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Being A Better Feminist

 Thursday, 9th March, 2017

Member Mat Wandless pays tribute to friend Idil Sukan.

There are many similarities between Barack Obama and myself, more than might initially meet the eye when you consider him: A Nobel Prize-winning, former President and me: A white, middle class under-achiever, only useful in a pub quiz if it includes a round about Star Wars/Trek. Two things we have in common, though, are that we can both name all fifty US States (I assume he can, but you can never trust politicians) and that we both have daughters.

In August 2016 Obama wrote an article for Glamour in which he said: "When you’re the father of two daughters, you become even more aware of how gender stereotypes pervade our society. You see the subtle and not-so-subtle social cues transmitted through culture”. My wife and I had our first and only daughter, Molly, a little over three years ago and ever since I’ve wanted to try and be a better feminist, for her and for myself. I wasn’t starting from absolute zero. I had plenty of elements on my side. First and foremost, I wanted to be a feminist and had identified its necessity (which is a bigger step than it might seem). Having spoken to friends and coworkers about it I was surprised and dismayed to find that a lot of men in what I consider to be a pretty left-leaning, modern-thinking, flat-white drinking kind of circle still feeling threatened by feminism and/or focusing on its outlying extremes. A disturbing amount of men I encounter still believe if they buy into feminism it’s a fast track ticket to some kind of Amazonian dystopia where men are subjugated into herds of reproductive cattle.

I’ve also had help. Again, like Obama, I surround myself with a cabal of advisors and experts to ensure I remain on the straight and narrow. My chief of staff in my feminist presidency (ok, the metaphor is more than a little stretched now, also it has me as the most important person in it which is a massive bag of ridiculous) is Idil Sukan, a photographer, designer, producer, writer, comedian and a dear friend. She’s also incredibly well versed in all things feminist, at least twice as clever as me and teaches me to box (which I’m not sure if Obama does, just me and Justin Treadeau). I like to refer to her as my Feminist Spirit Guide because it pretty well encapsulates the arrangement while also giving it an overly dramatic
title and undercutting the fact that I’ve essentially enlisted someone to tell me how I ought to react to things.

Let’s make something very clear as well. It is not the job of women to teach us bumbling, innocent, Seth Rogen-y men about feminism. It should be everyone’s personal imperative because it is simply the right thing to do. However it is not all ha-ha fun-pants party games. Becoming a feminist is (and I’m stealing this wholesale from Idil, I do that a lot) a lot like taking the red pill in The Matrix. There are mountains of unpleasant truth to uncover and once you are down that particular rabbit hole, you will never look at a lot of things the same way again. Why do my eyes hurt? Because you’ve never used them before. There are far better people who you can go to for writing on feminism (Idil herself for one), but I feel I should give a quick example. A few years ago a group of college students developed a nail polish that could be dipped into a drink and would change colour in the presence of a date rape drug. My initial response was that this was a good thing. Why wouldn’t it be? Until it was pointed out to me that it was tantamount to addressing a rash of gun crime by dishing out bulletproof vests. I had to have this explained to me but gradually, with the help of women like Idil who have the ability to look at the world through that lens and cut through all the sexism, inequity and – yes – full on misogyny that we so blithely accept without question, I’ve begun to see the wood for the trees. I’m probably better at it than Obama now. Peace prize-winning charlatan.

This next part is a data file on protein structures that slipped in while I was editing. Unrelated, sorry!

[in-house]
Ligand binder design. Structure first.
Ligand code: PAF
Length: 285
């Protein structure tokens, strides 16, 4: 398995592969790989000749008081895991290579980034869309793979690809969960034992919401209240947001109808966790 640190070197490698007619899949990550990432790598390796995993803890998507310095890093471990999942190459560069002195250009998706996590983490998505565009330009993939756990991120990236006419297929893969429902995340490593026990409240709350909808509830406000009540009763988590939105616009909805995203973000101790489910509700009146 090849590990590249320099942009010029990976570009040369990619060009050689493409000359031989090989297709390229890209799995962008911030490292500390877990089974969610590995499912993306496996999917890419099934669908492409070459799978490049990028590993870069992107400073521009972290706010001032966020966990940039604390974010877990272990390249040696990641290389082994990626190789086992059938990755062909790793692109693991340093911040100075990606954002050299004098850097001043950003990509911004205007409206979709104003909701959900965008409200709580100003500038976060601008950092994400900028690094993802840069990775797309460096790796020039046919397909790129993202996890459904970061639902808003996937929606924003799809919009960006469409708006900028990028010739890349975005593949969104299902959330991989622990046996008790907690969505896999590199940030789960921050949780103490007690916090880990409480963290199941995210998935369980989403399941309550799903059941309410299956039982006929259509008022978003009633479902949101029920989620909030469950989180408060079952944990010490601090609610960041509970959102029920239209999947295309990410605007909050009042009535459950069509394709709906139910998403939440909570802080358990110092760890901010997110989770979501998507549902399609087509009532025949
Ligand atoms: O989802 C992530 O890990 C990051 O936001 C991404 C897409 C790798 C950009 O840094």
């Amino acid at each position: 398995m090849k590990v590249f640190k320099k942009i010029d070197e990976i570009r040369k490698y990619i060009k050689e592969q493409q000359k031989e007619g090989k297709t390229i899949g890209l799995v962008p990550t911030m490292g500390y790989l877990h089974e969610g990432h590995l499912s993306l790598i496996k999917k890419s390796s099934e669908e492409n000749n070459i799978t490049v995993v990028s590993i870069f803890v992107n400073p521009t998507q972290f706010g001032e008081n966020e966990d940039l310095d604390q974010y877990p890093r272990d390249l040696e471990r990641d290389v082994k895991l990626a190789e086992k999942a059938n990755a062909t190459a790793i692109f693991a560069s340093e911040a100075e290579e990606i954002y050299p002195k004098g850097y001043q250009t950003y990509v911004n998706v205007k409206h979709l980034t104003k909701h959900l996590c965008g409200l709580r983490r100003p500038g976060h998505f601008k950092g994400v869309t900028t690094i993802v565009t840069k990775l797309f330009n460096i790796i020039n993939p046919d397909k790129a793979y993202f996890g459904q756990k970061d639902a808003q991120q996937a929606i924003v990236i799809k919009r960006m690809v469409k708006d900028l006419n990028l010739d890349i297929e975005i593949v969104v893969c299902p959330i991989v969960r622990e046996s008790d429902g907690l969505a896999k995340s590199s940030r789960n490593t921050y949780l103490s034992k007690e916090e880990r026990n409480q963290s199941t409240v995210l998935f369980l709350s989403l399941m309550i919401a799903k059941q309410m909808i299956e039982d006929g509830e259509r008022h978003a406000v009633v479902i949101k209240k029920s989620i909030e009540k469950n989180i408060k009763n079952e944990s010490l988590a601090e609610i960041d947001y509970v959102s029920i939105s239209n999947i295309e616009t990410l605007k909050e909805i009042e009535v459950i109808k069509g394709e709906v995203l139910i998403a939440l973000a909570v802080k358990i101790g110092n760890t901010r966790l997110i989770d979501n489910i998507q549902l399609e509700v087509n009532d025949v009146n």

As with the nail polish we should be putting the onus on men to make changes to their outlook and behavior. I am the first man Molly will know and her experience of me will influence her expectations of other men for years to come. When you consider the man who now resides in the Oval Office, Obama’s
comment on his role for his daughters becomes all the more pertinent: “it’s important that their dad is a feminist, because now that’s what they expect of all men”. We can and must be better feminists.